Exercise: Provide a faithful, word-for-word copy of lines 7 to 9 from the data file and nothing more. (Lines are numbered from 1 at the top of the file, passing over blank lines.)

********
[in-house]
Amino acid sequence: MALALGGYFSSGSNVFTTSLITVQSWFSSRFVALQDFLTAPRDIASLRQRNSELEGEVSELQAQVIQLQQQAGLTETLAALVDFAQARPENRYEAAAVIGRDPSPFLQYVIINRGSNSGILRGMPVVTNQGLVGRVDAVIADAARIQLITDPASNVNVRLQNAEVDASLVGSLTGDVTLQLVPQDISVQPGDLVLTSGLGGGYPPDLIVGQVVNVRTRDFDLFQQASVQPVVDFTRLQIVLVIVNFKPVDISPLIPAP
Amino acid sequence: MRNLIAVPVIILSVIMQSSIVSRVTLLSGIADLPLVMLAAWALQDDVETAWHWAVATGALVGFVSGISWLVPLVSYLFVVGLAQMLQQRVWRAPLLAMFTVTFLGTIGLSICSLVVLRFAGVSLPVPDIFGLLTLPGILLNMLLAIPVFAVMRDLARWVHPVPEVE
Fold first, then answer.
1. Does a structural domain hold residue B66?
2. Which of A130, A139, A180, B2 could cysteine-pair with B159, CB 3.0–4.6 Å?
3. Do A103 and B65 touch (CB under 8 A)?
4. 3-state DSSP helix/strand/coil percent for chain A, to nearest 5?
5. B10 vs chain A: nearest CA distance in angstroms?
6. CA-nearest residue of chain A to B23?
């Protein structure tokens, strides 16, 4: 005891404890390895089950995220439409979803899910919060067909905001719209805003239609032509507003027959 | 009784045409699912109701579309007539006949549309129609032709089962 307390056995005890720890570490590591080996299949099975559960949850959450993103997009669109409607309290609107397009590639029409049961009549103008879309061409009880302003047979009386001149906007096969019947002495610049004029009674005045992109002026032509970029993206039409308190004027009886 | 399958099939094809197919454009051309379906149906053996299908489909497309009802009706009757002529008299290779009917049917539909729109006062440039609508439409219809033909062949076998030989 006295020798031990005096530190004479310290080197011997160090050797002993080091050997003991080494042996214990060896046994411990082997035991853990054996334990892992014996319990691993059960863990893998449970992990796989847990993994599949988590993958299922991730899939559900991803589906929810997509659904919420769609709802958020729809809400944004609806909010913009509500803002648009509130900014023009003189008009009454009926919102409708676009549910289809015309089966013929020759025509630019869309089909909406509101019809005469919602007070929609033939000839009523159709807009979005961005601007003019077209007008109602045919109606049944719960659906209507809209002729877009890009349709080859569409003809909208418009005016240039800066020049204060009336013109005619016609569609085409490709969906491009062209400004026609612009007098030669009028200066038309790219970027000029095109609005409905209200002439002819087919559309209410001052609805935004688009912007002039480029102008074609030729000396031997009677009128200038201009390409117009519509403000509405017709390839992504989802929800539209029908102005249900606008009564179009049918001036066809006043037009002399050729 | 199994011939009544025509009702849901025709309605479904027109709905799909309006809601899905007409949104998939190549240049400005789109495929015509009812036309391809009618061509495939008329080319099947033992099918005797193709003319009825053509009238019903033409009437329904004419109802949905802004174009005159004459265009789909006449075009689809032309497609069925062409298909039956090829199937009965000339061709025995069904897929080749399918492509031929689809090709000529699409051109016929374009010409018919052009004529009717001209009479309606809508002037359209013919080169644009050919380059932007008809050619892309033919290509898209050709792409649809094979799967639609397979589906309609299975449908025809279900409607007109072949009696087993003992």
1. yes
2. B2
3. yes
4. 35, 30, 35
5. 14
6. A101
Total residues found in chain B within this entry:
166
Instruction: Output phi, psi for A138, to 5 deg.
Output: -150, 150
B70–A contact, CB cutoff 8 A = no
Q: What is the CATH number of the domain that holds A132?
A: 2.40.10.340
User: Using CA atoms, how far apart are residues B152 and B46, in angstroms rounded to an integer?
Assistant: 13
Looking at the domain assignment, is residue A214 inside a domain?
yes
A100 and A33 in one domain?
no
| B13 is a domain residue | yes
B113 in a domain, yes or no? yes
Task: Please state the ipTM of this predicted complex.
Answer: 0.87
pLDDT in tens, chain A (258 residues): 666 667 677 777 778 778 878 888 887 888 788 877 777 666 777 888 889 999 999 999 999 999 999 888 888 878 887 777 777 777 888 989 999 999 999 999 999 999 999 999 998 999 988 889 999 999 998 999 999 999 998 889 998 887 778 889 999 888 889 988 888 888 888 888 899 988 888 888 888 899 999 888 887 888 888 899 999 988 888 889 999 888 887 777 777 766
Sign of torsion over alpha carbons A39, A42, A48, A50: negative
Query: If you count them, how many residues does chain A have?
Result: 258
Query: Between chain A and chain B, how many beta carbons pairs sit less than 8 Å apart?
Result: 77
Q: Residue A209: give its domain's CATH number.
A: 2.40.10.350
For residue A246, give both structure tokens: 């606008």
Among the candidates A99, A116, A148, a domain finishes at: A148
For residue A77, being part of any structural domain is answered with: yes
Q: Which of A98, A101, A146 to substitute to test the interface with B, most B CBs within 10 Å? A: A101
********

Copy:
3. Do A103 and B65 touch (CB under 8 A)?
4. 3-state DSSP helix/strand/coil percent for chain A, to nearest 5?
5. B10 vs chain A: nearest CA distance in angstroms?